Saudi Online Consumer Habits Increase Risks For Banks - Gulf Business
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Saudi Online Consumer Habits Increase Risks For Banks

Saudi Online Consumer Habits Increase Risks For Banks

Despite experiencing cyber attacks, the majority of Saudi Arabian consumers have not installed anti-virus software on their systems.

The online and mobile banking habits of Saudi Arabian consumers are increasingly making the country’s financial institutions vulnerable to cyber attacks, according to a Booz Allen Hamilton study.

The survey found that around 30 per cent of Saudi consumers encountered some type of cybercrime in the past year while six per cent have experienced password theft.

Despite the rising levels of cybercrime, only 35 per cent were seriously concerned about malware on their personal computers while just 45 per cent said they have installed anti-virus software on their personal devices.

Saudi Arabian consumers were also found to frequently use unsecured public networks to access their financial information. Around 47 per cent of the Kingdom’s consumers use an unsecured public network on their smartphones while 64 per cent use smartphones to access online banking services.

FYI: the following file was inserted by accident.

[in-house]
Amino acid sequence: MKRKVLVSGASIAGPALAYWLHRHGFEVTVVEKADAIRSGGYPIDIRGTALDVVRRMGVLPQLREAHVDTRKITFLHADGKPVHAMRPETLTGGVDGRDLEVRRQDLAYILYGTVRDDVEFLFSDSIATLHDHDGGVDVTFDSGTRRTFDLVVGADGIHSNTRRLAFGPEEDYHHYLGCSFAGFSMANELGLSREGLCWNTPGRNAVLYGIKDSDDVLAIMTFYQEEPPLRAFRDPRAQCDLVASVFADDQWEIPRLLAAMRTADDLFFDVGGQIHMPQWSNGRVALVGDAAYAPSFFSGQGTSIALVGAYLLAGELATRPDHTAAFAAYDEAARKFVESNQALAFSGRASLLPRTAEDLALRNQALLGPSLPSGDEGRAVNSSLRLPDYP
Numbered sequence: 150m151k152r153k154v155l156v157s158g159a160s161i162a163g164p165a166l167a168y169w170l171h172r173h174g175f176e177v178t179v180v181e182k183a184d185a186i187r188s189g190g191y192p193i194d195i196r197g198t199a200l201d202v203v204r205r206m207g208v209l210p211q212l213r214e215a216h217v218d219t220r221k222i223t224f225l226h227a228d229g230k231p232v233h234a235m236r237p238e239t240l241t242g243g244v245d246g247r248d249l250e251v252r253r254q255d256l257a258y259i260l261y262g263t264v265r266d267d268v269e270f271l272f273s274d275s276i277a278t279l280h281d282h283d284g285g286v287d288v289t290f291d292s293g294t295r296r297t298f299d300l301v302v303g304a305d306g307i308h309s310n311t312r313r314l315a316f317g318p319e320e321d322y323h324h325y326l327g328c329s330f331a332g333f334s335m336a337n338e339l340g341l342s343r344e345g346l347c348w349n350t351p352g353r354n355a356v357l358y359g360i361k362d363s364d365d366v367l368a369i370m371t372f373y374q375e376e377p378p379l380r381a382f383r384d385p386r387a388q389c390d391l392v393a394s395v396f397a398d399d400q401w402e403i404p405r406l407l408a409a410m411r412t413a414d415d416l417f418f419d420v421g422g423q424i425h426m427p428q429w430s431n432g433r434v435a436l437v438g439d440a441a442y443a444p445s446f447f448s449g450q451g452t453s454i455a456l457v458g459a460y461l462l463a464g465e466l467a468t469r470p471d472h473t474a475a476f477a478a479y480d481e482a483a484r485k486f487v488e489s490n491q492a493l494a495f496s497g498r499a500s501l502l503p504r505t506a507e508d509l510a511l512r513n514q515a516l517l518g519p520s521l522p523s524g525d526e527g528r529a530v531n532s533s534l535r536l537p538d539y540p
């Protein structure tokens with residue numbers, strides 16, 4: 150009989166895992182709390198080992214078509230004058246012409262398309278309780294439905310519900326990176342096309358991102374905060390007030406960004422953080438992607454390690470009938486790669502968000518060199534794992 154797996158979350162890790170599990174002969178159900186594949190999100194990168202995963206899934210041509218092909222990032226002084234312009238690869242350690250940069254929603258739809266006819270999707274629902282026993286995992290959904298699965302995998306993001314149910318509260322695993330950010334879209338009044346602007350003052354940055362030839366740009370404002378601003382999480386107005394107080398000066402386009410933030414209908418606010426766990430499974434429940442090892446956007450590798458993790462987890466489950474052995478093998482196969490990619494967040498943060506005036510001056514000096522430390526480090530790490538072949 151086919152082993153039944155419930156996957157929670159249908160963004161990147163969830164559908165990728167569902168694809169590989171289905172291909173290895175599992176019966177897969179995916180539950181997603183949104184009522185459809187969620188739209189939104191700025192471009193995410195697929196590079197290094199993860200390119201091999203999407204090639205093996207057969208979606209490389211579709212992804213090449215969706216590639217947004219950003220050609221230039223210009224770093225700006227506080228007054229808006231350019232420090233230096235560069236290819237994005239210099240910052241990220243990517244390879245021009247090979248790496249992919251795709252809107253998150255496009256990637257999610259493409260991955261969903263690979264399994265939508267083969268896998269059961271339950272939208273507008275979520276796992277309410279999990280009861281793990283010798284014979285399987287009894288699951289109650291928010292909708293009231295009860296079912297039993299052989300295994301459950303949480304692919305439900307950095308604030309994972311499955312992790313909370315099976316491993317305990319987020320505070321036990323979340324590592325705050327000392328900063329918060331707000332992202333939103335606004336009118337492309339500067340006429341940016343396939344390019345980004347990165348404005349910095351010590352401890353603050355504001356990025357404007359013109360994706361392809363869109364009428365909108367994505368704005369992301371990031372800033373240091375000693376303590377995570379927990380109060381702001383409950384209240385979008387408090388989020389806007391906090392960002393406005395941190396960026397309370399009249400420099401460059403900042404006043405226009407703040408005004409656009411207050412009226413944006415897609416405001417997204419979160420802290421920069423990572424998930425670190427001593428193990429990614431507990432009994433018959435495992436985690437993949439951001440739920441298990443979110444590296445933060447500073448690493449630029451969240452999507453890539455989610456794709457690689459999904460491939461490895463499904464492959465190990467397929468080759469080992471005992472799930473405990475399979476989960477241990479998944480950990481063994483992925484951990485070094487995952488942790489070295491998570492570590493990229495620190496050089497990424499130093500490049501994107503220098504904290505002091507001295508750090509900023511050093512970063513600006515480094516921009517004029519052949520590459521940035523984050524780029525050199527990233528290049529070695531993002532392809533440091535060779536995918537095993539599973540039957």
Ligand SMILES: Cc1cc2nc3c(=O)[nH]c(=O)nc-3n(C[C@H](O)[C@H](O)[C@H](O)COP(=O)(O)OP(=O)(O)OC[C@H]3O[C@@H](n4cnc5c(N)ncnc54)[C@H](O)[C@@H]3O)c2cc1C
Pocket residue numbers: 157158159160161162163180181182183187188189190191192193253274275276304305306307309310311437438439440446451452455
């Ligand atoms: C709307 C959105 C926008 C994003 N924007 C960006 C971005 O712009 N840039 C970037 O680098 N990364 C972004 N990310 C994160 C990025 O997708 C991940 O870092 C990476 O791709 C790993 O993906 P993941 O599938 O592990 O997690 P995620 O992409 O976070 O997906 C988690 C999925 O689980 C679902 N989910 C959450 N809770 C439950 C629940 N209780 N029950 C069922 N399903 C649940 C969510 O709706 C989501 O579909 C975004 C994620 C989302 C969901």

According to the Saudi Arabian Monetary Agency, a financially motivated cyber attack is reported every 14 seconds in the GCC.

This increases the risk of financial loss and long-term reputational damage while leaving consumers vulnerable to identity theft and financial loss.

“Online banking is here to stay,” said Atif Kureishy, principal at Booz Allen Hamilton MENA.

“We must now bring together banks, regulators, employees and customers to form a strong first-line of defense and minimise the opportunities for cybercriminals to intercept and exploit digital information from across borders.”

However cyber attacks in Saudi Arabia are not limited to the banking sector.

Last year, national oil company Saudi Aramco suffered a massive cyber attack that damaged 30,000 computers and was aimed at stopping its oil and gas production.

Recently the company denied reports of another cyber attack after it had shut down some of its computers for an upgrade.

Several government websites were also sabotaged through a series of heavy cyber attacks earlier this year, Saudi officials said.


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